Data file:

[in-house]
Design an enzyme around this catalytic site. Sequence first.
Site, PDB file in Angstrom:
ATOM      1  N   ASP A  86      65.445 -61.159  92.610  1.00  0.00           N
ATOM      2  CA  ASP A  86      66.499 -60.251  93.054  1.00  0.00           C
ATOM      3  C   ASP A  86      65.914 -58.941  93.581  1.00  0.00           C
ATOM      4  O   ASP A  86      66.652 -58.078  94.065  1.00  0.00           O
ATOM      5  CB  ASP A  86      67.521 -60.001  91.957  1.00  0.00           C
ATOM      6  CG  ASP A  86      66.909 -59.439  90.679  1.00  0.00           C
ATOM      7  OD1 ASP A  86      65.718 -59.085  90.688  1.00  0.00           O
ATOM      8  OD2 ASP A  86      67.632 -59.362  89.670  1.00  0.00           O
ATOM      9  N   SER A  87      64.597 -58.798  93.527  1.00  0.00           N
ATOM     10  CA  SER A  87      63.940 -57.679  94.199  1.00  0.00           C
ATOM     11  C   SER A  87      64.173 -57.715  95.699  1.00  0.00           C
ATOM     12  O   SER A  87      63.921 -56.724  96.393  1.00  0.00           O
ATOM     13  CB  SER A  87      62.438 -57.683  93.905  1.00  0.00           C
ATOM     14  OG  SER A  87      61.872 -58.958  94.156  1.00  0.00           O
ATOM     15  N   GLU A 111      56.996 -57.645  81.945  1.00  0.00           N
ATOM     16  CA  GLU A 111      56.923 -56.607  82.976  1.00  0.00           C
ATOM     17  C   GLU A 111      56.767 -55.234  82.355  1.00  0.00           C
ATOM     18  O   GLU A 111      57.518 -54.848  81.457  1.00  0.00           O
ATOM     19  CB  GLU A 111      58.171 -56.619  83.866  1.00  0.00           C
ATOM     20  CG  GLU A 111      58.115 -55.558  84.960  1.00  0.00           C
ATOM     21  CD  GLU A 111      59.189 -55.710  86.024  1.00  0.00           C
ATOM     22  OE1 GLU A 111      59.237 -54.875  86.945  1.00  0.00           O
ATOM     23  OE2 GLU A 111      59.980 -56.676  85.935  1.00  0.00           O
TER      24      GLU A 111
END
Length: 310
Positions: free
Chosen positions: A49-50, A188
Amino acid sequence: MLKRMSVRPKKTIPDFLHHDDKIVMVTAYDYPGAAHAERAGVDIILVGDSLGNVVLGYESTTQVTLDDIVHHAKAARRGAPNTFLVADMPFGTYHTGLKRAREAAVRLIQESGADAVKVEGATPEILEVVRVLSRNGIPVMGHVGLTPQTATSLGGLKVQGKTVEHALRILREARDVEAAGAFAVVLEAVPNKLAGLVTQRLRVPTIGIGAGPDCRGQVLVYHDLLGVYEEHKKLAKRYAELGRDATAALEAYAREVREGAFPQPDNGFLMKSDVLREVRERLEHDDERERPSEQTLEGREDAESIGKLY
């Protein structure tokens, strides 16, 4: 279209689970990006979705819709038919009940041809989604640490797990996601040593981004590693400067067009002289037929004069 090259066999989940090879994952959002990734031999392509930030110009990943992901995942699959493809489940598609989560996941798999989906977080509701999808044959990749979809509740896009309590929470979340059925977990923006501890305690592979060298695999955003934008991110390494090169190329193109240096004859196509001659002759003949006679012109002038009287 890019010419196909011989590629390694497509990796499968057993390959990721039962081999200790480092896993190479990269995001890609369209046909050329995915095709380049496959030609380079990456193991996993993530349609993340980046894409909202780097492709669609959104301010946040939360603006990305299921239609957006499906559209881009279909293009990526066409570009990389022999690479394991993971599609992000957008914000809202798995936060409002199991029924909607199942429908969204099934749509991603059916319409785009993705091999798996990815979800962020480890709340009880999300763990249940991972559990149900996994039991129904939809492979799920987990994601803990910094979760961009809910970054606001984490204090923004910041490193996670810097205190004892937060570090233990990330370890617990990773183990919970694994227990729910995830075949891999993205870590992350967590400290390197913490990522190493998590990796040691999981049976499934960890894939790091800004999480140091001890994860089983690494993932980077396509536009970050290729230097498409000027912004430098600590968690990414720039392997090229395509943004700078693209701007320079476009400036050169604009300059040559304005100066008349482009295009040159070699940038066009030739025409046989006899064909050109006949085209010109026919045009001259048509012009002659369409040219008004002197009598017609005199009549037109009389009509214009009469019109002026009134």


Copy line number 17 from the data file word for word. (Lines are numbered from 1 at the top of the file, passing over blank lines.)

ATOM     14  OG  SER A  87      61.872 -58.958  94.156  1.00  0.00           O